Sep 19, 2016

The retro phrase.. "Light a match"

Light a Match
[ lyght - a - mach ]

retro phrase
  1. The act of striking a match and letting it burn after one is finished expelling bodily waste. A means of bathroom etiquette used to eradicate unpleasant lingering odors produced by ones own excrement.

I'll let you in on a little secret.  I sometimes challenge myself to use various retro phrases in my daily context five times during a day.  Surprisingly, I found that the phrase "Light a match" wasn't too hard to work into conversation.  Living in a house with a family of five, and given some of the guys I work with..  the task was indeed all too easy.

I remember this phrase being used quite a bit when I was a young boy.  I also recall lots of people practicing this nearly extinct form of bathroom etiquette.  As memories go, family gatherings and parties stand out the most, in regards to this.  When my family used to get together, the house would literally be bursting at the seams.  We'd have spreads of food big enough to feed a small army, and everyone always ate their fill.  Shortly after dessert was when foot traffic to the bathroom steadily began increasing.  In fact, it's probably safe to say that the commode was pretty much occupied for the rest of the evening.

I remember some of my aunts telling their husbands discreetly to "light a match" after they were finished.  My uncles on the other hand, would not so discreetly say things to the kids like..  "Geezaloo! Get back in this bathroom and light a match!".  That type of bathroom humor always got everyone in earshot laughing their heads off.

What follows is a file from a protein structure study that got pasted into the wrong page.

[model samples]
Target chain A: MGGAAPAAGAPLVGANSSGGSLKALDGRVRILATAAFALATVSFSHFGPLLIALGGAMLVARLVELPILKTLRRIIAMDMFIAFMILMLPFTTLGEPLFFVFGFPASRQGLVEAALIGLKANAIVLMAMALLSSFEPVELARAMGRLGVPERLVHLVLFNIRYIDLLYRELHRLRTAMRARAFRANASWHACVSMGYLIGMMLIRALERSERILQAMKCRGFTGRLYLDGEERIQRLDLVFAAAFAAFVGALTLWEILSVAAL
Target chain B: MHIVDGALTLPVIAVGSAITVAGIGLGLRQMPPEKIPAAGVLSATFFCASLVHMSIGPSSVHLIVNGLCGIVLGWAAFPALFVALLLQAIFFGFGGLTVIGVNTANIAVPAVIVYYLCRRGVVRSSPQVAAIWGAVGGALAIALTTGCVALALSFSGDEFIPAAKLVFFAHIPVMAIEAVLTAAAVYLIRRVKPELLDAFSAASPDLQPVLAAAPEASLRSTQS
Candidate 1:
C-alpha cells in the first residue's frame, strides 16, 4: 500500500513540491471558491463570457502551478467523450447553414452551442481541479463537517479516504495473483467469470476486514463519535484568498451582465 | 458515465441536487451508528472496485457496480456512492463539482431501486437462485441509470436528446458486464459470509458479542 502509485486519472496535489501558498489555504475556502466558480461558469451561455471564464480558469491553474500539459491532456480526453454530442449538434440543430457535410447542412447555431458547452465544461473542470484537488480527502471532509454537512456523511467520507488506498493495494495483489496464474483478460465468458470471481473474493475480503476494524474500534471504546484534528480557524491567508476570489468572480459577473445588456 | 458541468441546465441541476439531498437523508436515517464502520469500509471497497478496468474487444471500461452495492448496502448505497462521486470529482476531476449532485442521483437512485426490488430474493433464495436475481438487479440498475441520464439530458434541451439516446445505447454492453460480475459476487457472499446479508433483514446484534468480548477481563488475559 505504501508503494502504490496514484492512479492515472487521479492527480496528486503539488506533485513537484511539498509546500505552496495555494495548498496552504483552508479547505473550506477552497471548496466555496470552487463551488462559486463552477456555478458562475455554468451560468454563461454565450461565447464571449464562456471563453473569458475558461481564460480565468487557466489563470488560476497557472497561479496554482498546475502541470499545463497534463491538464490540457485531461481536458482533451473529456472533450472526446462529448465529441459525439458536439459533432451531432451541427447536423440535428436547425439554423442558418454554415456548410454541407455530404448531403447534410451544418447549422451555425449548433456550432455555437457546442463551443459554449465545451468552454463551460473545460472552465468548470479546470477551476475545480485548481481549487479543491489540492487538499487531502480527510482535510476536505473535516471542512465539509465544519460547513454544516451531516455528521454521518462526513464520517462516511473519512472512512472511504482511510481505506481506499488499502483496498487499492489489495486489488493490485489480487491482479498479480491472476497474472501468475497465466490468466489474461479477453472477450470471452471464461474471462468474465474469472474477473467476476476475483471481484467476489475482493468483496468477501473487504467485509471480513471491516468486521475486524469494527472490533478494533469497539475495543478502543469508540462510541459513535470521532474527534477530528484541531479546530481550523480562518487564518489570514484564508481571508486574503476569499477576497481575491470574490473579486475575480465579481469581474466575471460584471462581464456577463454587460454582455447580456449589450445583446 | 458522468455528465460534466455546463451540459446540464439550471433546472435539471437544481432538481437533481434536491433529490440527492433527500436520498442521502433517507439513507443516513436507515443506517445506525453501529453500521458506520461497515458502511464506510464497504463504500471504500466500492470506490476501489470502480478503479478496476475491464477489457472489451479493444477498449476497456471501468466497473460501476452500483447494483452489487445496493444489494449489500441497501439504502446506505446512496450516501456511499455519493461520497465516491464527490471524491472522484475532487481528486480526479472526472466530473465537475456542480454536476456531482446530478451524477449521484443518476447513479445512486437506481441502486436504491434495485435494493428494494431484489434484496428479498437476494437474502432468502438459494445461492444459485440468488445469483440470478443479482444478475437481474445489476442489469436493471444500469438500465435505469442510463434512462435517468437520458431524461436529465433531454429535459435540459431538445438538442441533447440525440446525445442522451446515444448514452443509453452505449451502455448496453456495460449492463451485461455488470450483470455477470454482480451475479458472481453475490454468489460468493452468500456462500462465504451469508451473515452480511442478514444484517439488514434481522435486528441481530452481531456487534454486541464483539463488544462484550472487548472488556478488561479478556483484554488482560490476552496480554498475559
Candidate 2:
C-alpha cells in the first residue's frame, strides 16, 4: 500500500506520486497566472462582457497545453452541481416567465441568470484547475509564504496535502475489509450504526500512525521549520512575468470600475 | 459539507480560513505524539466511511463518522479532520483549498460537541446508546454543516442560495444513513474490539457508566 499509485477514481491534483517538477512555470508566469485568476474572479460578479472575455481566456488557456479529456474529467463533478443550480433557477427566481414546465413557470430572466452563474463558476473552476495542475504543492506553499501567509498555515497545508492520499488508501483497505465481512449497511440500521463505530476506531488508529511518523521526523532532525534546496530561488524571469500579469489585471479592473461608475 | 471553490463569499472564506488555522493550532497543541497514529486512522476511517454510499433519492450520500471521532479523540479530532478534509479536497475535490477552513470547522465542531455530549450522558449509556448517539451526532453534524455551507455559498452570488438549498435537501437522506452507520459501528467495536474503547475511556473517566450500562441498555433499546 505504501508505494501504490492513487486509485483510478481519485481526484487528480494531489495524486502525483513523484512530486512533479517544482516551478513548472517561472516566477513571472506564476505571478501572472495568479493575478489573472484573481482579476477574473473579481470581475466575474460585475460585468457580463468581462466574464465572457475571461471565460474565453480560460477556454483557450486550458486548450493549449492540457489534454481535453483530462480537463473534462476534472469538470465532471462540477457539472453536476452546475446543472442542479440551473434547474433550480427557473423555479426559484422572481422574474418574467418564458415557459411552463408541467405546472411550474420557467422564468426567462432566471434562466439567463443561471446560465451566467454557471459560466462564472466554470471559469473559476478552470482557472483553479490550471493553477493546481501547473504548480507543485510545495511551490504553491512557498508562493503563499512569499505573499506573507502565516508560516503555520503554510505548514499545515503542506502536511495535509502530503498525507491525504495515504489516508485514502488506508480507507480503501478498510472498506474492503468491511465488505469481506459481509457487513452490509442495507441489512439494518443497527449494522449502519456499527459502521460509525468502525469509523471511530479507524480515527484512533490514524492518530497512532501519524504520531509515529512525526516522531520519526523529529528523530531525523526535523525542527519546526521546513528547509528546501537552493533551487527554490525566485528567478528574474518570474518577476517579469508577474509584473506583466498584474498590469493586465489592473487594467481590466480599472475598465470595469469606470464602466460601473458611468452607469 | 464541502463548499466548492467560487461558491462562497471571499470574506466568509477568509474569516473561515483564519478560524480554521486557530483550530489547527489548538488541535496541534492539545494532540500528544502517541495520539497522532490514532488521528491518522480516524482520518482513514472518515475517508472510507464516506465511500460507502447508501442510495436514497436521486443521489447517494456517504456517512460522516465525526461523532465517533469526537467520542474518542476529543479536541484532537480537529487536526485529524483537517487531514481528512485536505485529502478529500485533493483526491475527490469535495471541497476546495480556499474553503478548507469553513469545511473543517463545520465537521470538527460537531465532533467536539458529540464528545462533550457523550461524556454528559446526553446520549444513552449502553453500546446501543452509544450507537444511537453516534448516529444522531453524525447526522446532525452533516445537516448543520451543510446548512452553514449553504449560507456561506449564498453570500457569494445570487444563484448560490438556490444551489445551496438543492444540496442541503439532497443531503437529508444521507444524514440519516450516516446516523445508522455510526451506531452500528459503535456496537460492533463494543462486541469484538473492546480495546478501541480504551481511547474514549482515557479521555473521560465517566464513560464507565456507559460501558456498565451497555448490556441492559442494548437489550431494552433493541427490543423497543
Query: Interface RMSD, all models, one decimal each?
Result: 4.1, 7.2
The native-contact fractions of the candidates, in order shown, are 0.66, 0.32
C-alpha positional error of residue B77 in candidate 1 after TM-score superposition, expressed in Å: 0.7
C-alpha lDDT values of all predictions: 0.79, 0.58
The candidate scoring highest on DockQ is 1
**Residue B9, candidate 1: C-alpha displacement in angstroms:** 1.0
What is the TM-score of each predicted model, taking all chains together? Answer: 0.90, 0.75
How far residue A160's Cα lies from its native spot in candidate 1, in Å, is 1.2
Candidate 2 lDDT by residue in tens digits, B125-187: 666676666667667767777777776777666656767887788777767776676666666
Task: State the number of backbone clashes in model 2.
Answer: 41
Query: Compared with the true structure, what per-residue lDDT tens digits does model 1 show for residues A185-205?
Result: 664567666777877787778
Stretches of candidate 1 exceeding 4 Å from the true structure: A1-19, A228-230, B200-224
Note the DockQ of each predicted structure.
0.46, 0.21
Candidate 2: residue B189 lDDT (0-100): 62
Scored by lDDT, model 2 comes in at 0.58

Mind you, the smell of sulfur dioxide burning from the tip of a match isn't the most pleasant odor.  However, it sure beats what lingers in the air after a person is done making a deposit, or.. taking a load off of their mind.  The sulfur overpowers and even knocks out the toughest of stench.  Although.. I've known a few folks who could stand to light an extra match after they're done vacating the premises.

I can only relate the decline in this practice to a matchbook shortage.  Back in the day, virtually every business gave away free matchbooks.  My old man always had matchbook's in his cars, the garage, the junk drawer, the medicine cabinet, and he didn't even smoke.

I've got to say, this is one of my old man's habits that has indeed rubbed off on me, and yes.. I keep a matchbook in my bathroom at all times.  On occasion, the kids walk into the bathroom, hold their nose, and complain about the smell of a struck match.  I just laugh and kindly remind them that they should be thanking me for doing this.

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